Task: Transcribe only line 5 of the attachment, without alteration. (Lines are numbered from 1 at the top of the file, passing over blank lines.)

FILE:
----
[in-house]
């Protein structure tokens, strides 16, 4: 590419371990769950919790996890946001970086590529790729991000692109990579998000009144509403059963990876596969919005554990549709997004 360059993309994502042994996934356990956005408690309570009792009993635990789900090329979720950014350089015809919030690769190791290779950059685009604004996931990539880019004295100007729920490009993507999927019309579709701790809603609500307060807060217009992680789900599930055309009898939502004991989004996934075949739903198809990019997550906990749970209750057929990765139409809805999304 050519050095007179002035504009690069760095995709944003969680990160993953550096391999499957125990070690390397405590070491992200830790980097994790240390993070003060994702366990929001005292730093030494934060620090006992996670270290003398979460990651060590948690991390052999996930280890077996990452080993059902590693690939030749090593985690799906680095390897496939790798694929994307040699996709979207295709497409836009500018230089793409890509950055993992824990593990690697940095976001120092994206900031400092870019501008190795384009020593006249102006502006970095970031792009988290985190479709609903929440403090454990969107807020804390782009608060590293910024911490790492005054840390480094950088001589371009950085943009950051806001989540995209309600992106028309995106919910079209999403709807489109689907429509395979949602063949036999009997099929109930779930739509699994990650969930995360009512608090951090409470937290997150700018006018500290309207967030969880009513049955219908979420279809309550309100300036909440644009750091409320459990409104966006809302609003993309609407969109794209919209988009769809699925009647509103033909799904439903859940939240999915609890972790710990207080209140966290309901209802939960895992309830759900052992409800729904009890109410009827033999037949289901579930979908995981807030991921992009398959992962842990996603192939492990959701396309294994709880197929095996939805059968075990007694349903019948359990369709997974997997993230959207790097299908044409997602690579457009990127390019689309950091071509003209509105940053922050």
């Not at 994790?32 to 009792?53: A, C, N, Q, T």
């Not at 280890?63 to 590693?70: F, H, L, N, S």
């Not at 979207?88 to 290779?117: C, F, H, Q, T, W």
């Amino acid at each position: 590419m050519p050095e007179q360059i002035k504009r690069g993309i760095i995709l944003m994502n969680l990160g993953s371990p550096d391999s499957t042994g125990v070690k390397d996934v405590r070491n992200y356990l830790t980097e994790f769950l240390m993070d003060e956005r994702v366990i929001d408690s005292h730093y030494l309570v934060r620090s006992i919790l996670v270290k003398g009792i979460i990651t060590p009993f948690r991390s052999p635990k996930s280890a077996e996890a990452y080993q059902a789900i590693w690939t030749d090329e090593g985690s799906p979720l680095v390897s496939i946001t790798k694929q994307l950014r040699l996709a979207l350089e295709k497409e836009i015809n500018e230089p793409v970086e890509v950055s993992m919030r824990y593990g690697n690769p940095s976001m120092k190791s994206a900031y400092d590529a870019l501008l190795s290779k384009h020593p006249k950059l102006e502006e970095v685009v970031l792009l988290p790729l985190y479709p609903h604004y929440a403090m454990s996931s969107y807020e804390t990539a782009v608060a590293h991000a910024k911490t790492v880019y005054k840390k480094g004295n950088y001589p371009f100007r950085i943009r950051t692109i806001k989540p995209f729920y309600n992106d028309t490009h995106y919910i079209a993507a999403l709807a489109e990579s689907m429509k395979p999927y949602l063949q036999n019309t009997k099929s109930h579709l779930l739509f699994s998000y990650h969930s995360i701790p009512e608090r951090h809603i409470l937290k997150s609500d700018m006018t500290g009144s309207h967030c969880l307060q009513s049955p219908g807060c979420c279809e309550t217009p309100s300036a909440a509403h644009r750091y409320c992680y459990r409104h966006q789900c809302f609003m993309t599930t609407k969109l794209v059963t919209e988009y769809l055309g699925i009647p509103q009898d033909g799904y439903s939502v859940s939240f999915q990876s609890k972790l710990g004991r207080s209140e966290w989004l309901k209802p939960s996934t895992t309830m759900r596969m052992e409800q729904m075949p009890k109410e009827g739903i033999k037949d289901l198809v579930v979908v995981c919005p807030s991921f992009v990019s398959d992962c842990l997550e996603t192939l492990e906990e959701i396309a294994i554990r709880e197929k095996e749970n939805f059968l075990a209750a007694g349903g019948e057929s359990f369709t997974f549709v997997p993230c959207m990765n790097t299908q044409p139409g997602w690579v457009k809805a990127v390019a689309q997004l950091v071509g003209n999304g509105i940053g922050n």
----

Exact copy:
């Not at 979207?88 to 290779?117: C, F, H, Q, T, W």